Redding, Easton Voters Tackle Issue Of Barlow's Stadium Renovation

  • Comments (7)
Improvements for the stadium at Joel Barlow High School in Redding will go to referendum on Sept. 24.
Improvements for the stadium at Joel Barlow High School in Redding will go to referendum on Sept. 24. Photo Credit: Tom Renner

REDDING AND EASTON, Conn. – Many residents of Redding and Easton would agree that the sports stadium at Joel Barlow High School needs a facelift. But can a proposed renovation get the approval of a majority of voters?

Redding and Easton voters will go to the polls Sept. 24 to vote on a plan to make significant improvements to the stadium. The planned improvements would cost $3.272 million, shared between Redding (55 percent) and Easton (45 percent) residents. Financing would come through a 20-year bond that would cost taxpayers about $27 per year.

The group supporting the project, Barlow Excellence, believes now is the opportune time to tackle the stadium’s issues because of the historically low interest rates and the dire need for the improvements.

“I think it’s time to bring the athletic facilities up to par with the rest of the experience at Barlow,’’ said Kevin Jones, a Redding resident and spokesman for Barlow Excellence. “The rates for lending are historically low, and it’s $27 per year for a family. You pull into the parking lot of a diner and you’ll spend $27. For that cost right now, this is the time to do the project.”

The improvements would include new home and visitor bleachers with a capacity for 1,000 fans (about the same as the current stands); new field lighting with low-glare bulbs; a multi-purpose synthetic field service; refurbished areas for track and field events; a paved, landscaped and lit parking area; new fencing; and an eight-year full replacement warranty.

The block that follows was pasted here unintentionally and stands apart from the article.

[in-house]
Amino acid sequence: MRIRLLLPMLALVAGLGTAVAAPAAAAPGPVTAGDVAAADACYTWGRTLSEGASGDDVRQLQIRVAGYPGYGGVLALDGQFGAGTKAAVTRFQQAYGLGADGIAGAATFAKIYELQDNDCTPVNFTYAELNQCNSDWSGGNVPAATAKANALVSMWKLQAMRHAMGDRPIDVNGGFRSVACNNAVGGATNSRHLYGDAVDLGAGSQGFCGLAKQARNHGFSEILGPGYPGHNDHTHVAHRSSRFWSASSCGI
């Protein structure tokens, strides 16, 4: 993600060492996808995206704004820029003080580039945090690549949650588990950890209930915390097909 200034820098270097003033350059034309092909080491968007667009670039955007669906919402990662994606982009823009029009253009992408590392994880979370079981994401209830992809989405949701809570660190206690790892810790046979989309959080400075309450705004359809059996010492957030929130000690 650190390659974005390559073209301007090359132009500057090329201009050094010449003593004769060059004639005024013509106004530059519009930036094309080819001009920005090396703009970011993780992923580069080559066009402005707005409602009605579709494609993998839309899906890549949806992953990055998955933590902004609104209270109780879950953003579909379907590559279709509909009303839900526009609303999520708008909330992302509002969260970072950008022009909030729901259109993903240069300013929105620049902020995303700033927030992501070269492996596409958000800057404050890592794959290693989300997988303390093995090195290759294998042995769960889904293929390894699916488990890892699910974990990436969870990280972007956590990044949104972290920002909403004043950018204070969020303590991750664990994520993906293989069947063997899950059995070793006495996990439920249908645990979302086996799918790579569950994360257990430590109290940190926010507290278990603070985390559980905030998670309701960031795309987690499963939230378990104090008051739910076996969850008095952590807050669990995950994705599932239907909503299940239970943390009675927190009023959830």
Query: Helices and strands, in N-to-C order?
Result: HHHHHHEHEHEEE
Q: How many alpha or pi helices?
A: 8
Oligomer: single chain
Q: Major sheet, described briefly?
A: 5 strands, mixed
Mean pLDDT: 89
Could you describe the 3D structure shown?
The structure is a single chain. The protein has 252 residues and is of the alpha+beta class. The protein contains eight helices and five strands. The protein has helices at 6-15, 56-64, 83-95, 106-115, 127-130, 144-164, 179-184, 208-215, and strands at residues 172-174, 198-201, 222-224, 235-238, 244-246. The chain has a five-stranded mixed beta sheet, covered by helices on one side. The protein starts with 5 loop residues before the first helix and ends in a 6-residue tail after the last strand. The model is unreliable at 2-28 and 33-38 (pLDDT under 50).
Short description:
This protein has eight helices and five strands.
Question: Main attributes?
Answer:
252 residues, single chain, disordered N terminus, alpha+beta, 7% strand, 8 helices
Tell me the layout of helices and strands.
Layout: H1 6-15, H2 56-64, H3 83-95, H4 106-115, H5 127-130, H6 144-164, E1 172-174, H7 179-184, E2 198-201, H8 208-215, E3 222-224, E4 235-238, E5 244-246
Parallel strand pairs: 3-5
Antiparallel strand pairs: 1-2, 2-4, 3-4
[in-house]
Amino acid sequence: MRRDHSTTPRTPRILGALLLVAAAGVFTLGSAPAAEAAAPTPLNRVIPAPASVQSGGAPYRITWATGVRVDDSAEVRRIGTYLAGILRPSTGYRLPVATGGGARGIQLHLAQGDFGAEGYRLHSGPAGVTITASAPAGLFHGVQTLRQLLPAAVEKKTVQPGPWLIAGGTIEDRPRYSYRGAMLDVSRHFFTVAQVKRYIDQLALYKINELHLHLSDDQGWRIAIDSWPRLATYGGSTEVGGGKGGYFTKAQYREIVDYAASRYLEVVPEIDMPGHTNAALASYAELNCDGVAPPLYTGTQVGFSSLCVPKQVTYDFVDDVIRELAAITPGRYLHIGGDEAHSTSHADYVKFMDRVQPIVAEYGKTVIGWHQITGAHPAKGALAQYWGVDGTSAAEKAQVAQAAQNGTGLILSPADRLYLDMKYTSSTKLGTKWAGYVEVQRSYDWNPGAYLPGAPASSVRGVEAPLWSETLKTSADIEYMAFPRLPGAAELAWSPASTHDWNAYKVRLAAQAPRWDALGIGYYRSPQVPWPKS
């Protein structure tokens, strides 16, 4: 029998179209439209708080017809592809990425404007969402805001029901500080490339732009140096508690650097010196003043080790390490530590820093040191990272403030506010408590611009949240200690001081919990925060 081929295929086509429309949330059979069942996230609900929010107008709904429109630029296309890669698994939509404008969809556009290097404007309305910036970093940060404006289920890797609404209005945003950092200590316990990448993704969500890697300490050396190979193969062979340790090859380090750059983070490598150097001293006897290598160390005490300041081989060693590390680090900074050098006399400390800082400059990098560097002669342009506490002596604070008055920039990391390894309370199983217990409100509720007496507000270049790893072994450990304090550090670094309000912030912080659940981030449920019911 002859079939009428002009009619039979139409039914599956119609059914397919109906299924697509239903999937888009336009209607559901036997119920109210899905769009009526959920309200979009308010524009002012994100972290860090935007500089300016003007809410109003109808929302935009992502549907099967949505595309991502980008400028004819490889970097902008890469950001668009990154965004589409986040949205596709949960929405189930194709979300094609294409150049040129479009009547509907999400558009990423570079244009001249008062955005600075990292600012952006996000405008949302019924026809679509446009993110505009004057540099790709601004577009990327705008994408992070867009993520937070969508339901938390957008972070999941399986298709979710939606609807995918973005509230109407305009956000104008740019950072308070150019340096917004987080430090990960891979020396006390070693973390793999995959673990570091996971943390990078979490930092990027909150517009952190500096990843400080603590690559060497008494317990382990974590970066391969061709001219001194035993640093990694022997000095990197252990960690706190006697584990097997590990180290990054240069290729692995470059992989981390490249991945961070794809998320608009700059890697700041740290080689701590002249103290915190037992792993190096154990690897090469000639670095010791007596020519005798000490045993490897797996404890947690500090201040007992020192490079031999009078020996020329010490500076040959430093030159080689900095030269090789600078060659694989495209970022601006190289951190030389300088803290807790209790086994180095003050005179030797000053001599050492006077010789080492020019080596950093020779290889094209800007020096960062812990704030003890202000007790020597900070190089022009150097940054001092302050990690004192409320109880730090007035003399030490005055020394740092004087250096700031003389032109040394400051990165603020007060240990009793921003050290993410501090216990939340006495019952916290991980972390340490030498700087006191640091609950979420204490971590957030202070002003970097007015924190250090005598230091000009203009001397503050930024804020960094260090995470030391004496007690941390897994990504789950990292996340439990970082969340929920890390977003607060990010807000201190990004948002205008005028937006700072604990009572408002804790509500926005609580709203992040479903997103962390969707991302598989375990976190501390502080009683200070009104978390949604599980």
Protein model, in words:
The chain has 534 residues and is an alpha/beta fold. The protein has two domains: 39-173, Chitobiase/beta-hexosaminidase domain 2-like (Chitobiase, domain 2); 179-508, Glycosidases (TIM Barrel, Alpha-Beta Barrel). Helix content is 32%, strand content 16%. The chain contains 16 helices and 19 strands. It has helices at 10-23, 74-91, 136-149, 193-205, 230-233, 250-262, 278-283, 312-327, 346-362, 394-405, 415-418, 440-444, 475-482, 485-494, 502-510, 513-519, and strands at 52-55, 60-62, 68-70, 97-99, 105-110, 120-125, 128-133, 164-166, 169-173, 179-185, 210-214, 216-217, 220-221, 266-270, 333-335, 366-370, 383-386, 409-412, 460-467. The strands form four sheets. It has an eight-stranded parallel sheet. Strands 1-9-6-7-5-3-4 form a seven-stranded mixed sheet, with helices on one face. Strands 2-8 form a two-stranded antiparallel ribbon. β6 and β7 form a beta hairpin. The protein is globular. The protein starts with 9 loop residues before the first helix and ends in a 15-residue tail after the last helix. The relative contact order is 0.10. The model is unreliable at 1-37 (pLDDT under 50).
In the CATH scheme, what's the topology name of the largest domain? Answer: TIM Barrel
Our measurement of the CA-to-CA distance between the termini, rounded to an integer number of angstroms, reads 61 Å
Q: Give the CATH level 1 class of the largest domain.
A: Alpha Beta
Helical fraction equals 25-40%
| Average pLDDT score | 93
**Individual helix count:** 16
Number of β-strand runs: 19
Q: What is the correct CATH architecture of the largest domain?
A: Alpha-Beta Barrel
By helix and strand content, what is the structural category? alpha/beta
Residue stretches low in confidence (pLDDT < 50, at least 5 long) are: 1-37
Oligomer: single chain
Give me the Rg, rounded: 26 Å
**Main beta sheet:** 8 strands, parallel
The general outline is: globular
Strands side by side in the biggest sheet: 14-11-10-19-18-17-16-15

The Clark Cos., which has installed many athletic facilities at colleges and high schools in the Northeast, was the low bidder for the project. “We know, based on their history, that it will come in on time and on budget,’’ Jones said.

Barlow’s field needs significant improvements. In 2011, bleachers needed emergency structural bracing. There is no handicap access to the stands. The fencing is weak and uneven, and the playing surface is uneven and dangerous.

“Each season, there have been at least 35 game and practice cancellations,’’ Jones said. “What you can’t see is the cracked irrigation system. They’ve been watering it by hand. You have a field that is useless for the majority of the year.”

When weather renders the current playing surface unplayable, young players move to fields elsewhere in town. High school and youth teams in a range of sports would benefit from the improvements.

Residents of Easton and Redding have been down the referendum road before. In 2007, a $3 million project, “Falcon Pride,” which would have built two artificial turf fields at Barlow failed to gain enough town support. Redding also rejected a $500,000 project to put in an artificial turf field at the Redding Community Center in 2011.

“When you’re trying to compete for younger families look around us,’’ Jones said. “There are some elite facilities at Wilton, Ridgefield, Trumbull or Monroe. We haven’t kept up with the facility.”

Jones, a former football coach at Stamford High, has been through stadium renovations before when Stamford refurbished Boyle Stadium. He said Redding’s project is much less complex.